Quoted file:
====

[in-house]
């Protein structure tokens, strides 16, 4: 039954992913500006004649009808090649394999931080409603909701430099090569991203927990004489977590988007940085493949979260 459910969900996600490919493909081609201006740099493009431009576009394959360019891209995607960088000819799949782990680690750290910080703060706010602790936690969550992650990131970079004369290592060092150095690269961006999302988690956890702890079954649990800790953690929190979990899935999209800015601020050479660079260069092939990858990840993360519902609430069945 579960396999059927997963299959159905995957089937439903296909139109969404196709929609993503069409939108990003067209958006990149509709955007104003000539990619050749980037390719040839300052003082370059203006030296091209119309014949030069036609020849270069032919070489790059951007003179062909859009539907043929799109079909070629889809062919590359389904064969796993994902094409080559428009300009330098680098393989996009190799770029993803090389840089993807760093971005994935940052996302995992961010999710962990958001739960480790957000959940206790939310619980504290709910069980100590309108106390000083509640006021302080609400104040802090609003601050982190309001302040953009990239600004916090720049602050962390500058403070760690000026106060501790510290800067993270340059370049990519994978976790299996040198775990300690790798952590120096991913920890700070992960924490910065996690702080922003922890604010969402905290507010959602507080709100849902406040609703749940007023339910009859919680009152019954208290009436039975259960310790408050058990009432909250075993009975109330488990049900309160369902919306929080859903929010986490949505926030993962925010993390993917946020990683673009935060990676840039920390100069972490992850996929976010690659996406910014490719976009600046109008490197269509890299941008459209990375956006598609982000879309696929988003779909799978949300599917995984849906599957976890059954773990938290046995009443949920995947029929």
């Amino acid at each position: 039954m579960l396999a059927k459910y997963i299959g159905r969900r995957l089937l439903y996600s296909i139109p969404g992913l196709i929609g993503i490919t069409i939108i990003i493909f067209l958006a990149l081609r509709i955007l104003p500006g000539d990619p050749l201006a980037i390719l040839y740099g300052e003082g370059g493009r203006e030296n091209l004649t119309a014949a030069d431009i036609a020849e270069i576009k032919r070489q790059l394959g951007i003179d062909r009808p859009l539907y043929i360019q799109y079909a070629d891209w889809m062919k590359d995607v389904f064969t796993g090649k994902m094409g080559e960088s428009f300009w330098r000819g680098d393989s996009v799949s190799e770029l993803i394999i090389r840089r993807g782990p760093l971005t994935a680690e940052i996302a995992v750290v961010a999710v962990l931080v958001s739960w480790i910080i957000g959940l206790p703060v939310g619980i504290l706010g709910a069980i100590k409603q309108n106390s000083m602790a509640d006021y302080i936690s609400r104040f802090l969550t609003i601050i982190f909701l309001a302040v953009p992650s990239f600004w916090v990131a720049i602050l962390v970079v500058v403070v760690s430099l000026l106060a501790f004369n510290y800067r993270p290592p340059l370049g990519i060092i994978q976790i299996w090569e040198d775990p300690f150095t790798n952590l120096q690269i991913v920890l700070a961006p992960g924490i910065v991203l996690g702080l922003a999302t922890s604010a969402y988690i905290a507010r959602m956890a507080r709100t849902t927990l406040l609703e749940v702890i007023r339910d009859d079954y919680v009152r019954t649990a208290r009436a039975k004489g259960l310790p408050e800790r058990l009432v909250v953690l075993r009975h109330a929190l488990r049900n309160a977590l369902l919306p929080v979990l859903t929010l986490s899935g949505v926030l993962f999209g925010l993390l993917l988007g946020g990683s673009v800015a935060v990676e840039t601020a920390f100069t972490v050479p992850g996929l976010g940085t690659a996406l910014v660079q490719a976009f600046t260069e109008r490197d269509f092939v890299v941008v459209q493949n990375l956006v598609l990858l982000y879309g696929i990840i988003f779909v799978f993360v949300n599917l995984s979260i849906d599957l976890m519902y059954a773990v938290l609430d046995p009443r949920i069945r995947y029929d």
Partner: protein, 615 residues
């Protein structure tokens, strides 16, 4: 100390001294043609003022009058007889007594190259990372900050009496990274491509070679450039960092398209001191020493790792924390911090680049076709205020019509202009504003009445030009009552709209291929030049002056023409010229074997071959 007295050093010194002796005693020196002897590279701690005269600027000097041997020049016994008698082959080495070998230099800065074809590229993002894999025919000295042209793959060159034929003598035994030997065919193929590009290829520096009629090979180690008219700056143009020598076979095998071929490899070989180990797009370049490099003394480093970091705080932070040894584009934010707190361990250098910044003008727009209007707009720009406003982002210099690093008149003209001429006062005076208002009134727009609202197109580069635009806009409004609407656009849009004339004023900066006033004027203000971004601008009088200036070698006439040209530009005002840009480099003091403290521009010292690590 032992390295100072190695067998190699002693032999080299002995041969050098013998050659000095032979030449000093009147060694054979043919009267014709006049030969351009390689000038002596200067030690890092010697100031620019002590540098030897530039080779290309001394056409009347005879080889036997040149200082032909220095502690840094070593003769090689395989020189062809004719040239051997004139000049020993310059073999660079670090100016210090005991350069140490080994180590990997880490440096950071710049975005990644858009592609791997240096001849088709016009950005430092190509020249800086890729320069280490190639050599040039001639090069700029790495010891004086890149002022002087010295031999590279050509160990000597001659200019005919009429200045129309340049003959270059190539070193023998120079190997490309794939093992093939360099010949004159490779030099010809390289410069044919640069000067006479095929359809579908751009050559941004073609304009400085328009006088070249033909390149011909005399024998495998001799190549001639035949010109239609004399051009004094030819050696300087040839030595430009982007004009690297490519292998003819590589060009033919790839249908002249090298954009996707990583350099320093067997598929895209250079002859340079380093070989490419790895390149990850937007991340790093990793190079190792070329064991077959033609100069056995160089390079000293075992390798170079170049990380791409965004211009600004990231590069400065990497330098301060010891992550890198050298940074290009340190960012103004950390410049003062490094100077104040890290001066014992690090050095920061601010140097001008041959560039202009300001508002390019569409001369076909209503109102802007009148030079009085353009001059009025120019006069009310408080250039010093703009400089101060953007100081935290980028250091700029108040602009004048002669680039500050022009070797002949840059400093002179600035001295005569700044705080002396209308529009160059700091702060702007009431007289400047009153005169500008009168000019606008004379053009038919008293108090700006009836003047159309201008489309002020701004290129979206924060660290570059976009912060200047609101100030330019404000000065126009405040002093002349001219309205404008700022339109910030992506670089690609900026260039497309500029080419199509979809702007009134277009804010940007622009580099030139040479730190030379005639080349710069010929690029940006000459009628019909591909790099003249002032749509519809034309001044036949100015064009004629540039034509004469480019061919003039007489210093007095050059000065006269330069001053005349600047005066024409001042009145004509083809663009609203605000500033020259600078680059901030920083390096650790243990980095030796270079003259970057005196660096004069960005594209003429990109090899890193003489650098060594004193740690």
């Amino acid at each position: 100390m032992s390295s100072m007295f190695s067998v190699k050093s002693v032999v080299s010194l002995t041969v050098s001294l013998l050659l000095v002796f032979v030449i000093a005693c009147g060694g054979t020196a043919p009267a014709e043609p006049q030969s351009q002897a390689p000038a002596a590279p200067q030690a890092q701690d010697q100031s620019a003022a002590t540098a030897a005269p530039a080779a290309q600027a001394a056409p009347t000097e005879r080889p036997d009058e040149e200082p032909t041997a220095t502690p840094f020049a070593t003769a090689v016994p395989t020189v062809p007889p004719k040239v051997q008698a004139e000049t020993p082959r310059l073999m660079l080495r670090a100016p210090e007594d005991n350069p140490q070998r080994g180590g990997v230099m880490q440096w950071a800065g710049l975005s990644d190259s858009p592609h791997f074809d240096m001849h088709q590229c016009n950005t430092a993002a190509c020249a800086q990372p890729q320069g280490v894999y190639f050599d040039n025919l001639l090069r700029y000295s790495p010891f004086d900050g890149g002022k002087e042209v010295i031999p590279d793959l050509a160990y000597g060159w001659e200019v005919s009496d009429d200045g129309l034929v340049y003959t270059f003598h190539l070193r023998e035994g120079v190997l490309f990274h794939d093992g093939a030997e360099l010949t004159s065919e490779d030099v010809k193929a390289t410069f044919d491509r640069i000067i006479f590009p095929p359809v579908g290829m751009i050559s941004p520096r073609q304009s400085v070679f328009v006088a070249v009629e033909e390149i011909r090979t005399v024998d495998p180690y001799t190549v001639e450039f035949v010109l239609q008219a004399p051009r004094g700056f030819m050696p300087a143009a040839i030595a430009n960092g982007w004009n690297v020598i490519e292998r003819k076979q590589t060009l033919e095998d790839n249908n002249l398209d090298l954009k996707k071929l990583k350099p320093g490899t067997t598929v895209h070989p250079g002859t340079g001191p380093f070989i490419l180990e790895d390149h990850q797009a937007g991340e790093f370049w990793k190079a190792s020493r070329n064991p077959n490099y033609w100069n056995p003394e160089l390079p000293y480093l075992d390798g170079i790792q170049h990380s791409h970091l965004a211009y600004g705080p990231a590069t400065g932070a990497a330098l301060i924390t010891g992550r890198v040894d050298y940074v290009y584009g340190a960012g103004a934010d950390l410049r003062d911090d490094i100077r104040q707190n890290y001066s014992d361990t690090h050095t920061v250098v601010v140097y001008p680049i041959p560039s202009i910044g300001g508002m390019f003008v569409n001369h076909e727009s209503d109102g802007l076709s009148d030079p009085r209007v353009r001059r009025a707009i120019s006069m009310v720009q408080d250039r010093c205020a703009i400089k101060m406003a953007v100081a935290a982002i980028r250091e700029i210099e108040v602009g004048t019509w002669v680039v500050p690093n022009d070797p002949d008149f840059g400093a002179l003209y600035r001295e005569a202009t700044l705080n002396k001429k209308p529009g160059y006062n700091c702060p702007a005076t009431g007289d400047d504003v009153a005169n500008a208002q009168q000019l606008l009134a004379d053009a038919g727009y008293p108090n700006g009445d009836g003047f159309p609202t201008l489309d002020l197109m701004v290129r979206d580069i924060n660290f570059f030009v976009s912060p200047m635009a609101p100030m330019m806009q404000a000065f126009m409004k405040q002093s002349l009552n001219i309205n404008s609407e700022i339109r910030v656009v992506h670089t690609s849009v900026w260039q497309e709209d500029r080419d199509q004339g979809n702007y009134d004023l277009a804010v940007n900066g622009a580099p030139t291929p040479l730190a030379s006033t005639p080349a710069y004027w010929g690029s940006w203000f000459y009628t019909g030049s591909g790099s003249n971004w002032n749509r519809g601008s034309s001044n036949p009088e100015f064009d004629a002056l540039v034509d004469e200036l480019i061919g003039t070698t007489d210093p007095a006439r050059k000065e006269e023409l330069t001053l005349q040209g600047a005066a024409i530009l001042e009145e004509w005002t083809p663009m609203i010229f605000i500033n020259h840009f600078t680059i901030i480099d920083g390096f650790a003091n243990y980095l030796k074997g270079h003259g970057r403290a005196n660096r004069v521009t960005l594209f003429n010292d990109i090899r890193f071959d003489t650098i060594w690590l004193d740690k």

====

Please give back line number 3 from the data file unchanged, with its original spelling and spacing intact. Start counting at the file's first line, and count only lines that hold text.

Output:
């Amino acid at each position: 039954m579960l396999a059927k459910y997963i299959g159905r969900r995957l089937l439903y996600s296909i139109p969404g992913l196709i929609g993503i490919t069409i939108i990003i493909f067209l958006a990149l081609r509709i955007l104003p500006g000539d990619p050749l201006a980037i390719l040839y740099g300052e003082g370059g493009r203006e030296n091209l004649t119309a014949a030069d431009i036609a020849e270069i576009k032919r070489q790059l394959g951007i003179d062909r009808p859009l539907y043929i360019q799109y079909a070629d891209w889809m062919k590359d995607v389904f064969t796993g090649k994902m094409g080559e960088s428009f300009w330098r000819g680098d393989s996009v799949s190799e770029l993803i394999i090389r840089r993807g782990p760093l971005t994935a680690e940052i996302a995992v750290v961010a999710v962990l931080v958001s739960w480790i910080i957000g959940l206790p703060v939310g619980i504290l706010g709910a069980i100590k409603q309108n106390s000083m602790a509640d006021y302080i936690s609400r104040f802090l969550t609003i601050i982190f909701l309001a302040v953009p992650s990239f600004w916090v990131a720049i602050l962390v970079v500058v403070v760690s430099l000026l106060a501790f004369n510290y800067r993270p290592p340059l370049g990519i060092i994978q976790i299996w090569e040198d775990p300690f150095t790798n952590l120096q690269i991913v920890l700070a961006p992960g924490i910065v991203l996690g702080l922003a999302t922890s604010a969402y988690i905290a507010r959602m956890a507080r709100t849902t927990l406040l609703e749940v702890i007023r339910d009859d079954y919680v009152r019954t649990a208290r009436a039975k004489g259960l310790p408050e800790r058990l009432v909250v953690l075993r009975h109330a929190l488990r049900n309160a977590l369902l919306p929080v979990l859903t929010l986490s899935g949505v926030l993962f999209g925010l993390l993917l988007g946020g990683s673009v800015a935060v990676e840039t601020a920390f100069t972490v050479p992850g996929l976010g940085t690659a996406l910014v660079q490719a976009f600046t260069e109008r490197d269509f092939v890299v941008v459209q493949n990375l956006v598609l990858l982000y879309g696929i990840i988003f779909v799978f993360v949300n599917l995984s979260i849906d599957l976890m519902y059954a773990v938290l609430d046995p009443r949920i069945r995947y029929d």